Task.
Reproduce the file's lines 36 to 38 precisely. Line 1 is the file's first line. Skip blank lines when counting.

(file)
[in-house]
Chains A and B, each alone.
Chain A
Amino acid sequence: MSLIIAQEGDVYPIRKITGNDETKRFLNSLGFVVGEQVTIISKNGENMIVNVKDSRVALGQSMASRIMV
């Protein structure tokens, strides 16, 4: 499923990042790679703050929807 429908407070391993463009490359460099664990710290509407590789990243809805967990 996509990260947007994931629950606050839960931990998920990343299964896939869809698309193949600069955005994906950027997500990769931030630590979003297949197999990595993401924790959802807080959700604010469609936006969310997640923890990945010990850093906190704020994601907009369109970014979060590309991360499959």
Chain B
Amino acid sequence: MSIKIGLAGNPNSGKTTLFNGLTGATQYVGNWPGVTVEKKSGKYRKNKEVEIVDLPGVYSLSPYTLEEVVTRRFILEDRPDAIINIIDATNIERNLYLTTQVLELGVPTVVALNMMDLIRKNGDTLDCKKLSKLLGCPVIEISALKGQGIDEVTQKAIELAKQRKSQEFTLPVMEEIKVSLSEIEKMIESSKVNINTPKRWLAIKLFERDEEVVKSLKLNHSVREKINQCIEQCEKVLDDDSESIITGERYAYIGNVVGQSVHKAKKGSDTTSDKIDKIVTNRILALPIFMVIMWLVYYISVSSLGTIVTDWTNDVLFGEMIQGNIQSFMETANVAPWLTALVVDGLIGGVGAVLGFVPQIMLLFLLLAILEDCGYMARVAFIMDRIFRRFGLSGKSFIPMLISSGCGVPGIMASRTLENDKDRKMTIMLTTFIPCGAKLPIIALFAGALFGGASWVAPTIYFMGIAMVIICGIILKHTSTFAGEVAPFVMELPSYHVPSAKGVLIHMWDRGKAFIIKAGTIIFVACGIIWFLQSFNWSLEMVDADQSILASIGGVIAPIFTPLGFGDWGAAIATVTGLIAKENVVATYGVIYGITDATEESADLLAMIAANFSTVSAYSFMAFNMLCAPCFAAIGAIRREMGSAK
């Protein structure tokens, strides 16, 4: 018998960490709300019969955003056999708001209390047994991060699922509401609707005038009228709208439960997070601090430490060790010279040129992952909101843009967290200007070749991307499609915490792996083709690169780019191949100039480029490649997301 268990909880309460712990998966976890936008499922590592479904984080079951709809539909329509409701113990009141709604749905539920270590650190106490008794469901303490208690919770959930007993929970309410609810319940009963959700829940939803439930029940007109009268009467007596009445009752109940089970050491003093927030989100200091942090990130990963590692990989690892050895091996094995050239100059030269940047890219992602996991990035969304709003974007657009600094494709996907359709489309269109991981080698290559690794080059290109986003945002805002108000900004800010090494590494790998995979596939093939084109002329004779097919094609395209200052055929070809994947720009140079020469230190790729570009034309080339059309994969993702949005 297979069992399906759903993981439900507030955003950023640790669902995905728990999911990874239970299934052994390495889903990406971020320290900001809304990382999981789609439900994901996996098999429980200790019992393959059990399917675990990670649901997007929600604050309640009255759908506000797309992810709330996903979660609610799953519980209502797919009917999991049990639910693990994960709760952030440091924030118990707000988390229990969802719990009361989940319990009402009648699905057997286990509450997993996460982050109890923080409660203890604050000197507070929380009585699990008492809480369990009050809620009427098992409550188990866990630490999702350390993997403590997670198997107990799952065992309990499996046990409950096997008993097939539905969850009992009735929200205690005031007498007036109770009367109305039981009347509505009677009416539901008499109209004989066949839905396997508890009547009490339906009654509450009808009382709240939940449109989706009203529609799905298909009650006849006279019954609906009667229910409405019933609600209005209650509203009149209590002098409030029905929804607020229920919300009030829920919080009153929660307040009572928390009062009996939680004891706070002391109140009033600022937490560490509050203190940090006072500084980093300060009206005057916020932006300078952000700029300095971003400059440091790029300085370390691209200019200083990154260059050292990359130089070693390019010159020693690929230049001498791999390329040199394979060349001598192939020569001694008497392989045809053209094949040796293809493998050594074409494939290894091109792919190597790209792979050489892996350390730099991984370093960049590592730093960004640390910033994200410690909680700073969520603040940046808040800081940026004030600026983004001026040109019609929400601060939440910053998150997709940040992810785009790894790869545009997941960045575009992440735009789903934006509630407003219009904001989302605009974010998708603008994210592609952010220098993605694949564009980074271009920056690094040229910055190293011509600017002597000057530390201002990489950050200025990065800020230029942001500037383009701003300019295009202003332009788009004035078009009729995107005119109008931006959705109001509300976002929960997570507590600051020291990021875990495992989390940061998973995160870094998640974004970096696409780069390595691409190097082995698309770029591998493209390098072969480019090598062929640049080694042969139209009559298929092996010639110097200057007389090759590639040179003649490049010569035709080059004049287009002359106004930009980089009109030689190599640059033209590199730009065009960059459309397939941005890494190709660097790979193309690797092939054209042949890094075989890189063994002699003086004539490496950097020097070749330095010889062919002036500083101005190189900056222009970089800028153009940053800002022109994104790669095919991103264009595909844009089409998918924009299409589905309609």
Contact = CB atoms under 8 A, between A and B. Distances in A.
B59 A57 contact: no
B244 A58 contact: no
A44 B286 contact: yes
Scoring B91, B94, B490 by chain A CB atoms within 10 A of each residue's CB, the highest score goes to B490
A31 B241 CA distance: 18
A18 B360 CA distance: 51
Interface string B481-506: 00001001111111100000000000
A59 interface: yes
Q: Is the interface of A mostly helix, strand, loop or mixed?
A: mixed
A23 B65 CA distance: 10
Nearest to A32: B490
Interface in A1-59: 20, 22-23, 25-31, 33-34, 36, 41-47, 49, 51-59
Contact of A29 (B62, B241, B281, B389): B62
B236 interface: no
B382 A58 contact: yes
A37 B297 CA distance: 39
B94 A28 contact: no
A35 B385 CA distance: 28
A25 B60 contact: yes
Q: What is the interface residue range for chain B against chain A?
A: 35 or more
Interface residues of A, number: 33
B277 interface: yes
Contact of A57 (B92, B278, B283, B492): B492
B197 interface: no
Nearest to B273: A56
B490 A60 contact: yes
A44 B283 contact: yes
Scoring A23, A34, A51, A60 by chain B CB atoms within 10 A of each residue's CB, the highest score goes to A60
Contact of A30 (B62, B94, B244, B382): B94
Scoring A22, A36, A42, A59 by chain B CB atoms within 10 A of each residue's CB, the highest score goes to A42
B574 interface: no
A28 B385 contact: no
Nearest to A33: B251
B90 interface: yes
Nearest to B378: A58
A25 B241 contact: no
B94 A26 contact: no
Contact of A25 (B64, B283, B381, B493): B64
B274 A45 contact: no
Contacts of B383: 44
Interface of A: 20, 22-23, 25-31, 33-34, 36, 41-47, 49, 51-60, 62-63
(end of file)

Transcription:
Nearest to B273: A56
B490 A60 contact: yes
A44 B283 contact: yes